Siege of Charleston
On February 4, 1780, a diversionary infantry force was put ashore in Georgia. The cavalry commanded by Lt. Colonel Banastre Tarleton and including Major Patrick Ferguson also went ashore to find new mounts. During the voyage the horses had to be put overboard, because of serious injuries like broken legs. Lt. General Henry Clinton had chosen to land his forces thirty miles south of Charleston and approach overland.
The first men, English and Hessian Grenadiers and the 33rd Regiment of Foot, were put ashore on February 11, 1780, on the southern tip of John's Island. On February 14, these men set out in search of Stono Ferry, which was the crossing point to James Island. Later that day, they found the river, but the other bank with fortified and manned by militia. The British retreated without taking fire from the Americans. The next day they discovered that the Americans had since deserted their position.
On February 24th, fortifications were completed at Stono Ferry and the British crossed over to James Island the next day. There was a Continental presence on the island. French Chevalier Pierre-François Vernier commanded the cavalry, while Francis Marion commanded the American infantry. They had been observing the British movements for several days. On February 26th, they attacked a returning British scavenging patrol as it passed down a narrow way. The German Jägers came to their rescue and drove Vernier off.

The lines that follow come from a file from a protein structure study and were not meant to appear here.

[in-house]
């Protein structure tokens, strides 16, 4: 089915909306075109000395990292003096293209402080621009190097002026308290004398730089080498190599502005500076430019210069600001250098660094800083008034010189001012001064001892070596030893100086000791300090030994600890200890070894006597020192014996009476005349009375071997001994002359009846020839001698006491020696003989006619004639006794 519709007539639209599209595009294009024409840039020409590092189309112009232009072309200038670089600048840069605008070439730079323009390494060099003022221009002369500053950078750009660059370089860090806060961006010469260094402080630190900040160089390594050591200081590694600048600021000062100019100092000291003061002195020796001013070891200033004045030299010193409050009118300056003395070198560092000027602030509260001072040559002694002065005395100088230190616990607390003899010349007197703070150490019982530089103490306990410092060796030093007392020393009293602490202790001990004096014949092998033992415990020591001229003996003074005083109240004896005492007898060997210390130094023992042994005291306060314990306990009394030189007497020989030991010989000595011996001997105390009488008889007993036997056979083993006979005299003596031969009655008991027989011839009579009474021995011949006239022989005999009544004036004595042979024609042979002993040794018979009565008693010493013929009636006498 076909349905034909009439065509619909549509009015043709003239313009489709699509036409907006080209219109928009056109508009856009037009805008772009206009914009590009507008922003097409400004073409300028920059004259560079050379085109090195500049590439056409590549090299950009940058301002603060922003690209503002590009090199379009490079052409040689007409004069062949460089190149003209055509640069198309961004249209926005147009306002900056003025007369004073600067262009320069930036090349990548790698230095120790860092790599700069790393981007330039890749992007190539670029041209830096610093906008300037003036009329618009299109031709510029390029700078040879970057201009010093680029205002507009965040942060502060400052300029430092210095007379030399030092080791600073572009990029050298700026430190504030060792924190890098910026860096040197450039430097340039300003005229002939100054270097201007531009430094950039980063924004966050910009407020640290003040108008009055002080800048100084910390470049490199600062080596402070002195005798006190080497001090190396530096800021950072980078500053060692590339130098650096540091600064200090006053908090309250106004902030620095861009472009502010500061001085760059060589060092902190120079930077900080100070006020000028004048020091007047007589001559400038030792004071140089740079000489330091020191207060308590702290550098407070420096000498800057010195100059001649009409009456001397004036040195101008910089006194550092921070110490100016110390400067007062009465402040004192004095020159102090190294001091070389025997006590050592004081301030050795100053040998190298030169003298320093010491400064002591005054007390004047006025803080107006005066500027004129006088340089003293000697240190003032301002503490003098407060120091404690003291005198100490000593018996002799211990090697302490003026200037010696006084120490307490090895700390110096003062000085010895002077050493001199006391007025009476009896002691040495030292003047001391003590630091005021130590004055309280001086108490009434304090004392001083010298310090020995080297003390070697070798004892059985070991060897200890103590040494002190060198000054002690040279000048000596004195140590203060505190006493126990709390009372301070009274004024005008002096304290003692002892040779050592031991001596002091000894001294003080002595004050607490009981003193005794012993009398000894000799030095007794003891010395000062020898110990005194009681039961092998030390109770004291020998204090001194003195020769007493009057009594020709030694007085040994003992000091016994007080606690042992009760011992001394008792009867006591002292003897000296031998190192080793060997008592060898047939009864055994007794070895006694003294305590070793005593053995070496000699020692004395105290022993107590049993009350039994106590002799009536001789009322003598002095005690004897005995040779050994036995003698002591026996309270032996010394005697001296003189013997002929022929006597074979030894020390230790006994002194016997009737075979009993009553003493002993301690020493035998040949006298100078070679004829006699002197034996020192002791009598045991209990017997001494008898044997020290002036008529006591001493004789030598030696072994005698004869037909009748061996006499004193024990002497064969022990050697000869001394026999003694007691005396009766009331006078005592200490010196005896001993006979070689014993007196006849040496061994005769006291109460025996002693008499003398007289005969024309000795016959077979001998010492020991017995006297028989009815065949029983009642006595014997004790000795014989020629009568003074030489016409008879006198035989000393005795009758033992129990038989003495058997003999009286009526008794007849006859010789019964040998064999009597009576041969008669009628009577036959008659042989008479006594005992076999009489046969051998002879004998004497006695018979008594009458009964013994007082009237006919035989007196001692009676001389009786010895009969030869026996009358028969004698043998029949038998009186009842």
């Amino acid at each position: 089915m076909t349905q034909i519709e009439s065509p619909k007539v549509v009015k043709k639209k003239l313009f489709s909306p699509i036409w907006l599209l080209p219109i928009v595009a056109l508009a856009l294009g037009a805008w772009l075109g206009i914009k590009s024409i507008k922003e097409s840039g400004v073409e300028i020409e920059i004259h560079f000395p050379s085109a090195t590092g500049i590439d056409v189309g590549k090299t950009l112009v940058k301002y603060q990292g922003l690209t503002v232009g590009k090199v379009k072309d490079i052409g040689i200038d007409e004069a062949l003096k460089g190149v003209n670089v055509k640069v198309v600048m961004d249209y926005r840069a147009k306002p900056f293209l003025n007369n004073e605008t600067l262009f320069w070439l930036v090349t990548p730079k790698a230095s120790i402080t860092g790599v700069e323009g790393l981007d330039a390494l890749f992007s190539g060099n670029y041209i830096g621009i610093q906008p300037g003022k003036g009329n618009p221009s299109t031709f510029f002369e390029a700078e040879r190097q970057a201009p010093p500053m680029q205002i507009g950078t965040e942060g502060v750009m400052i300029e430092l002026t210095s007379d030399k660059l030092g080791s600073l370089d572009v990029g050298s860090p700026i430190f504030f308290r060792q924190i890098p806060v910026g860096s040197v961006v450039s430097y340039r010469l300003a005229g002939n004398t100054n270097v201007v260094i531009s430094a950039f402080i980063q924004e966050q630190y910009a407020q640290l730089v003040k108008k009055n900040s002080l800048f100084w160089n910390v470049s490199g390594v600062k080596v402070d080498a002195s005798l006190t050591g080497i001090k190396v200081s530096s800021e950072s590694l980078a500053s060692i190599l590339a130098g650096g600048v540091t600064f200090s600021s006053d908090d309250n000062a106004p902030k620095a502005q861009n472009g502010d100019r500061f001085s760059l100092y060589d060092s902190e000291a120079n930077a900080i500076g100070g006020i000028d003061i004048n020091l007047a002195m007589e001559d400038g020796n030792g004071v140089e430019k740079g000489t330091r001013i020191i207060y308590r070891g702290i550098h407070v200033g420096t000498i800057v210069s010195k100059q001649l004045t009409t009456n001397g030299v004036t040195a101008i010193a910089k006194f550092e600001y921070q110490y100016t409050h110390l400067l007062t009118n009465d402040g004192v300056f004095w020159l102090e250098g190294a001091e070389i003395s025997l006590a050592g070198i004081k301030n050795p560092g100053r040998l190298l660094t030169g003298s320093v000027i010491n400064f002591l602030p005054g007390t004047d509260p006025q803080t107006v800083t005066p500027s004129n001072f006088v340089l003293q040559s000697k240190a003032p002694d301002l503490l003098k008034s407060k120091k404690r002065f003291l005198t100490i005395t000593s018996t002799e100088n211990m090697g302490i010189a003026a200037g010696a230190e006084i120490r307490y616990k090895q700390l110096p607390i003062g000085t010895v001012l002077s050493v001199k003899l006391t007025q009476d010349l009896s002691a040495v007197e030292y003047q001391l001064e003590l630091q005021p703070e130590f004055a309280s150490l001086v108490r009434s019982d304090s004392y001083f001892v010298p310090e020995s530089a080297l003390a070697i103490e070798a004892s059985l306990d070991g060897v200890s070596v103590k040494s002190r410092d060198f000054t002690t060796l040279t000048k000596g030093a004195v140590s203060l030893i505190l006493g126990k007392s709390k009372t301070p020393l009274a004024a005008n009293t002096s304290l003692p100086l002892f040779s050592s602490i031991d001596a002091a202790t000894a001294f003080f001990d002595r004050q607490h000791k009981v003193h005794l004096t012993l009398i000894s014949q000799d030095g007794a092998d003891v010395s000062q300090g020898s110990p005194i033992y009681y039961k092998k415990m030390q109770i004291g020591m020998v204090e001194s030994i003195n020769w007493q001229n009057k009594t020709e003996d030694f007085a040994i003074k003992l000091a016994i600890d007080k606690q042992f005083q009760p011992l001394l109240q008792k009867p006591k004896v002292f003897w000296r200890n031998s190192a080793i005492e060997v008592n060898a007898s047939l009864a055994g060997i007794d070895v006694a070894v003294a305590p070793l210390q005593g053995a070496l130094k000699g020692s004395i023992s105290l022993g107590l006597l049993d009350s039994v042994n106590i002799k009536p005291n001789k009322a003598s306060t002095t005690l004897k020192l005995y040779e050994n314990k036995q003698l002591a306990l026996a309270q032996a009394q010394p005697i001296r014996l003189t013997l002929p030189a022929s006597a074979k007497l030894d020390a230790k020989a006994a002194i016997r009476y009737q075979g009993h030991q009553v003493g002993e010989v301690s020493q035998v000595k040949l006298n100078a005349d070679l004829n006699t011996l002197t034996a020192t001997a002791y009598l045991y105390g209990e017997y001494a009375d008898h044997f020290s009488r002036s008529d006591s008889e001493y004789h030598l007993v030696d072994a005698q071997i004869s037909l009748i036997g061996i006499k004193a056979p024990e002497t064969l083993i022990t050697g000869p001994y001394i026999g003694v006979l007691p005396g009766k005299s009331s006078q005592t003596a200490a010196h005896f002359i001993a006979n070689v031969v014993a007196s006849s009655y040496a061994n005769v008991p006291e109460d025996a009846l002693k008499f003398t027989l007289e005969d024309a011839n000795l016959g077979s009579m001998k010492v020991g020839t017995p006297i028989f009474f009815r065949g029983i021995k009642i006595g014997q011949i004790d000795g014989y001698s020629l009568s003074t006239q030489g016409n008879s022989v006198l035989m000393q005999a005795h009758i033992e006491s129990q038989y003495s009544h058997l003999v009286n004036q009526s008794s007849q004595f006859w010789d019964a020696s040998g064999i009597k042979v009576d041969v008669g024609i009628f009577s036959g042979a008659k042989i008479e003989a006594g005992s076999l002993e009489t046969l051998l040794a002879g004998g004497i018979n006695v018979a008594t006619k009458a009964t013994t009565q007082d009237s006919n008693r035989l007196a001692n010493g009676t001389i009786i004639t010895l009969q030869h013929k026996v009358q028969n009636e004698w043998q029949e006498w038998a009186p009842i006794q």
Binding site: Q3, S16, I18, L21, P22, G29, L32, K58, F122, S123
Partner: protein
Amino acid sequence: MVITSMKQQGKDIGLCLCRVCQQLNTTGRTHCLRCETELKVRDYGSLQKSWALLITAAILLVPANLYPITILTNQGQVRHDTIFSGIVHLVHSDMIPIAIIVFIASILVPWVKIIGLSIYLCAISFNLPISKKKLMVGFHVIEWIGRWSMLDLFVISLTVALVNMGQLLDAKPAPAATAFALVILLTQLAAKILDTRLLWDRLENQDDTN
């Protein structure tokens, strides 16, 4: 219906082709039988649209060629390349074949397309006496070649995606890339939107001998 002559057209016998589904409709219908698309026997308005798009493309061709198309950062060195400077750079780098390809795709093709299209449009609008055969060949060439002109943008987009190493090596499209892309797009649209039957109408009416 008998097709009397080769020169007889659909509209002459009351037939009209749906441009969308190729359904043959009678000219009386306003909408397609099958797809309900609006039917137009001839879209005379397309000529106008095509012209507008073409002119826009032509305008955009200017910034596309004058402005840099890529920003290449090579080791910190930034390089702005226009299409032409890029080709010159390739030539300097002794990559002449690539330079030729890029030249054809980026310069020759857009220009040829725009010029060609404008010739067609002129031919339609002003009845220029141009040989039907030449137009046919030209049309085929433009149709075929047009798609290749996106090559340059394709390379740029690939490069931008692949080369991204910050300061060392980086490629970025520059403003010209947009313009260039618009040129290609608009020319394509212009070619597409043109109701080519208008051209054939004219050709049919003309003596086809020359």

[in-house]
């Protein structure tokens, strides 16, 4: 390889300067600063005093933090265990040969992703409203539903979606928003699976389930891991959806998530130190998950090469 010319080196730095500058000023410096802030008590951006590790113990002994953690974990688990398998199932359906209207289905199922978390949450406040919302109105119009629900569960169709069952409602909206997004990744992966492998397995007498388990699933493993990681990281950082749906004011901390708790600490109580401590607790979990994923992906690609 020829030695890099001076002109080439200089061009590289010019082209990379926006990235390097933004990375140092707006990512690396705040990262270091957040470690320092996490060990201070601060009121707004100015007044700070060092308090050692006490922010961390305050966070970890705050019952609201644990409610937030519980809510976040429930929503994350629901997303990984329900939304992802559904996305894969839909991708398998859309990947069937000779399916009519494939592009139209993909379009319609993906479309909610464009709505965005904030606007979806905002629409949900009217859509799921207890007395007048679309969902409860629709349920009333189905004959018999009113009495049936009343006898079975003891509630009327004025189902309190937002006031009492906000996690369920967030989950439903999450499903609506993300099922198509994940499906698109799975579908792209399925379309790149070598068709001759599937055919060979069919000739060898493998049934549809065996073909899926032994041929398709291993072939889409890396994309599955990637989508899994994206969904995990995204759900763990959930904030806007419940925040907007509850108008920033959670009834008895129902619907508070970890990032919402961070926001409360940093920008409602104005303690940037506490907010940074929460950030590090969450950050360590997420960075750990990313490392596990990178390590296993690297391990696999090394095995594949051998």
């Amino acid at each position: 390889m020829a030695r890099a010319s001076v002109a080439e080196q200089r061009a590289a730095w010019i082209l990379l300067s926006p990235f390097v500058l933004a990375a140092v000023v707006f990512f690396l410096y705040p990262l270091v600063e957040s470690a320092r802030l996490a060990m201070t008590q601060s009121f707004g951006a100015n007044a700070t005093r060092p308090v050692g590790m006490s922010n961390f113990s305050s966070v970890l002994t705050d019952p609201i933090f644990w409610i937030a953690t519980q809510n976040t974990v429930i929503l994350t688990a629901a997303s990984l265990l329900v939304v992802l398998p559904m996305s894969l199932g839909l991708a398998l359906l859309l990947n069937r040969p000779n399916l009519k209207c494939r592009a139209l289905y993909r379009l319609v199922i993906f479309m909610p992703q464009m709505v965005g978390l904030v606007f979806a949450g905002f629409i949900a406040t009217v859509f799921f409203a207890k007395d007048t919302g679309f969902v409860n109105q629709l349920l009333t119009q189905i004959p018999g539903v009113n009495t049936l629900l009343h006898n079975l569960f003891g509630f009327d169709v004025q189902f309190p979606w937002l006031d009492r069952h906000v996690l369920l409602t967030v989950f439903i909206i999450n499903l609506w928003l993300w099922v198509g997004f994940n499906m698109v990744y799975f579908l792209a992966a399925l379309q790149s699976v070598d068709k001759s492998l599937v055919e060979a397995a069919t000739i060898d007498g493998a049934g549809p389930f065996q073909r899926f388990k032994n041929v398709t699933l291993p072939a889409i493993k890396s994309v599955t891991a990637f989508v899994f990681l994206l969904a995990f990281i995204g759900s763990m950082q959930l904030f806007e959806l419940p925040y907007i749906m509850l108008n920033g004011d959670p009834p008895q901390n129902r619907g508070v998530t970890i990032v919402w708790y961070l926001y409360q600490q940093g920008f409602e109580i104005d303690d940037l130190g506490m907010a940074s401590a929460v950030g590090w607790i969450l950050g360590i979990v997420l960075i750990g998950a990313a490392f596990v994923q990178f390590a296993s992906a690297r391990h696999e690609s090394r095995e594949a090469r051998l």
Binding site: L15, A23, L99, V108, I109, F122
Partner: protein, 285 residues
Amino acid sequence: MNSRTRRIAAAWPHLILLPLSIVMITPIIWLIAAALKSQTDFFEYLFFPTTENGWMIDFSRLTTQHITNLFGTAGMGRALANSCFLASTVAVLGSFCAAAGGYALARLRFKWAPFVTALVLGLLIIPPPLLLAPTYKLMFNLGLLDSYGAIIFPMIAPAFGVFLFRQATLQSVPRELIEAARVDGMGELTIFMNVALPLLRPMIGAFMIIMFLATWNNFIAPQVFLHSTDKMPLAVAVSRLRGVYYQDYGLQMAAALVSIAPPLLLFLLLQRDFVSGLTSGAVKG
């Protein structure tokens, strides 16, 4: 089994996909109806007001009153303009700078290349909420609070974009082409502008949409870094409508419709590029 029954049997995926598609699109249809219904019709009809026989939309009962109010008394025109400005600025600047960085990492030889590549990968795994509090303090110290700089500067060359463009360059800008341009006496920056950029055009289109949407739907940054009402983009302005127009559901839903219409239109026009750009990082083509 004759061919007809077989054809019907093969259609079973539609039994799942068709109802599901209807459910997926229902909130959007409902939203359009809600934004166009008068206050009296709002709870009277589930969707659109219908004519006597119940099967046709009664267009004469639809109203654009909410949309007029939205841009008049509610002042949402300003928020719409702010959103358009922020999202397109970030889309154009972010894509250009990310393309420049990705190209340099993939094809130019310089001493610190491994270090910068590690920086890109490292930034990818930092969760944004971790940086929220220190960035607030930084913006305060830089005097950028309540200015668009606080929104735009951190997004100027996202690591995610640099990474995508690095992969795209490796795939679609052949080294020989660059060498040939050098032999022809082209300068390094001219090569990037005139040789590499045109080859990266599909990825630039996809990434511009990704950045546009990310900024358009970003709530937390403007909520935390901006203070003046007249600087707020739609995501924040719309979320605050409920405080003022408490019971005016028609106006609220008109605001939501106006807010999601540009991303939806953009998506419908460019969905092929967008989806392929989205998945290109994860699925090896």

In spite of the Continental presence and continued skirmishing with Chevalier Vernier and his cavarly, the British gained control of James Island by March 1st. After a month on March 10, 1780, General Clinton's second-in-command Lt. General Charles Cornwallis finally led the main force onto the mainland at Wappoo Cut. On March 11th, naval ships finally came up the Stono River and delivered much needed supplies.
From March 11 until the 21th the British fortified their position which was located where the Wappoo Creek flowed into the Ashley River. They mounted artillery to shell American ships and keep the Ashley River secure. They then moved upstream and north, away from Charleston, slowly securing the plantations along the way while the Americans shadowed them from across the river.
Under the cover of fog on March 29th, the British crossed the Ashley River upstream from the heavily fortified Ashley Ferry and established themselves on Charleston Neck. When the Americans learned that the British were on the Neck, they abandoned their breastworks at Ashley Ferry. By April 1st, the British had moved down into position to begin their siege works.
While the British slowly closed in, naval maneuvering in Charleston Harbor for the Americans was a disaster. In December 1779, four frigates had arrived under the command of Commodore Abraham Whipple and were joined by four ships from South Carolina and two French ships. There were 260 guns afloat and forty guns at Fort Moultrie. However, even before the British arrived, Whipple informed Maj. General Benjamin Lincoln that the flotilla could not defend the entrance to Charleston Harbor. General Lincoln questioned Commodore Whipple's conclusion, but Whipple was backed up by a naval board. Whipple chose to first withdraw to the mouth of the Cooper River. Meanwhile the British began their approach on March 20th. When Whipple saw the size of the British attack fleet, he scuttled the ships at the entrance of the river.
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